Because Olayan had violated social taboos and challenged religious elites in the same way as the 45 female drivers, one would have expected the grand mufti’s words to bring a swift retribution against her. Quite the opposite occurred: the Saudi government did not take action against Olayan, who has continued to this day to advocate for women’s rights and to appear at home and abroad without the traditional Saudi covering and hijab.

This article seeks to explain how Ms. Olayan and other women in the Arab Gulf states have harnessed political, economic, and social changes since 2000 to alter their standing at home and abroad. It contends that women are well-positioned to take advantage of these changes, owing to their advanced educations, the ever-higher social and financial costs of employing expatriate workers, and the inability of their male colleagues to fill either skilled or unskilled positions. It also argues that questions of gender are not limited to women. Just as women are expected to dress and act according to established social norms and obligations, men are also expected to adhere to social expectations. It is ironic that as women gain a greater role in Gulf life in coming years, they will attain a position that will be closer to that of their grandmothers and great-grandmothers in the 1920s than to that of their mothers in the 1970s and 1980s.


To understand contemporary Gulf society and the gender relations that will shape it in the future, one must start in the period before the 1930s. During that time, women, like men, lived in very poor societies, in which pearling was the chief means of livelihood. Within that milieu, the tribal, clan, or socioeconomic status of the women’s husbands or male relatives defined their freedoms and horizons. Women had limited social freedoms everywhere in the Gulf. They could not choose their husbands and were generally expected to wear the veil and the long cloak (abaya). Significantly, the use of the veil in coastal communities reflected the presence of Iranian and South Asian merchants, both of whom saw the veil as a symbol of female decency and propriety.[4] (Veiling was far less common in rural and other areas of the Gulf, where these groups did not exist in large numbers.) Male relatives had considerable power over women and were allowed to use capital punishment if one sufficiently dishonored her family.[5] Dowries were modest and it was not unheard of for families to limit women’s inheritances, thereby violating a chief tenet of Islamic law.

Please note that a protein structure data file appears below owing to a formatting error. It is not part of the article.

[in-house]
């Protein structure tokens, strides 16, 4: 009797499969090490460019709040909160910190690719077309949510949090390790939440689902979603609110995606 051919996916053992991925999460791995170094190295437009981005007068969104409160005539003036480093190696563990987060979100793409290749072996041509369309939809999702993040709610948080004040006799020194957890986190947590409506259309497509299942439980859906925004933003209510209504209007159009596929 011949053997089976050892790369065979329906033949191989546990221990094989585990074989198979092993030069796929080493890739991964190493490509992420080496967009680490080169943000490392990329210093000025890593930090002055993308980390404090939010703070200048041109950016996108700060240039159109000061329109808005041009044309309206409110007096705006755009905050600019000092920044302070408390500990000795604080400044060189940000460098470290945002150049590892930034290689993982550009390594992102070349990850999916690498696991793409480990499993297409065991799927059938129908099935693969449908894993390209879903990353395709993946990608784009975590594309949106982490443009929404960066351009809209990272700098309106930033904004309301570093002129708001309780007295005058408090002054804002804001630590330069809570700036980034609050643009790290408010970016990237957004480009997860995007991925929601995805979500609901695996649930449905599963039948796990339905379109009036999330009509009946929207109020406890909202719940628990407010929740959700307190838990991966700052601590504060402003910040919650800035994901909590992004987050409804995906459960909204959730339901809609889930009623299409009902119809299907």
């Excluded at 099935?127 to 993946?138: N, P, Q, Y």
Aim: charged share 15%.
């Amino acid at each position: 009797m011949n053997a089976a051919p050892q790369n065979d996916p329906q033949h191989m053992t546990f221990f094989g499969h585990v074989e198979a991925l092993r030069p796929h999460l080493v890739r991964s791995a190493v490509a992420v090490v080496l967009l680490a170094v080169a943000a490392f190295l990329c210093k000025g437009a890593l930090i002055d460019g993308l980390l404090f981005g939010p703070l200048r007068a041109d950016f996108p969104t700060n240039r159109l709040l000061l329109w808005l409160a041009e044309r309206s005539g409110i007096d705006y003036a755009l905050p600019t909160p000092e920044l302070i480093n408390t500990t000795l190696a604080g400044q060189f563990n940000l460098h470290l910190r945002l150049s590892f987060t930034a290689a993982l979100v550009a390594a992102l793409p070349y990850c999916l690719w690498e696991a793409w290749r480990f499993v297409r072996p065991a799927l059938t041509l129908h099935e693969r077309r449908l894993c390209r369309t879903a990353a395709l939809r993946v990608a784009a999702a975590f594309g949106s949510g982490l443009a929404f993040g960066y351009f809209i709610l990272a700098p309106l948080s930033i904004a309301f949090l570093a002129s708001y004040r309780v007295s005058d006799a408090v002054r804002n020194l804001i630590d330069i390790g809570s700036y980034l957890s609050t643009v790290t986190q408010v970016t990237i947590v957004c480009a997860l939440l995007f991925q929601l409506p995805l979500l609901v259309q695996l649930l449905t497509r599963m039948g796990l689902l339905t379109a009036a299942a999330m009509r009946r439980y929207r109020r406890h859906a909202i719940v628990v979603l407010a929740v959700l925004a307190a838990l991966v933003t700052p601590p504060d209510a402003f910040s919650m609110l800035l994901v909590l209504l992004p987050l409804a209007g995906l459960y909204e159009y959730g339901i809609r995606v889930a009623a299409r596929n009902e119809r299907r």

Yet the wives of wholesale or retail merchants from the Iranian side of the Gulf, where social mores regarding gender were more relaxed, did not face the same social restrictions and often received some education. The wives of pearl divers, fishermen, grocers, blacksmiths, carpenters, and other skilled traders had even more freedom. From Unayzah in the Najd to Dubai in the Trucial Coast, women bought and sold a host of products with men and women.[6] The central role of women in the Gulf economy is well-illustrated by the public reaction to a decision by the Dubai legislative council in 1931 to ban women from selling fish.[7] Much to the surprise of the legislators, male fishermen, who presumably would have benefited the most from the new law, called for it to be repealed. Male fishermen argued that they could not simultaneously catch fish and sell their goods in markets—a clear indication of the importance of women in the local economic life. The law was repealed, but as Fatima al-Sayegh notes, the fishermen’s protests had little to do with time and everything to do with money, because women could sell fish at far higher prices than their male colleagues.[8] They simply had a better understanding of the market than did their husbands. Since fishermen would want to strive to get the best price for their fish, they understood that the best people for the job were their women.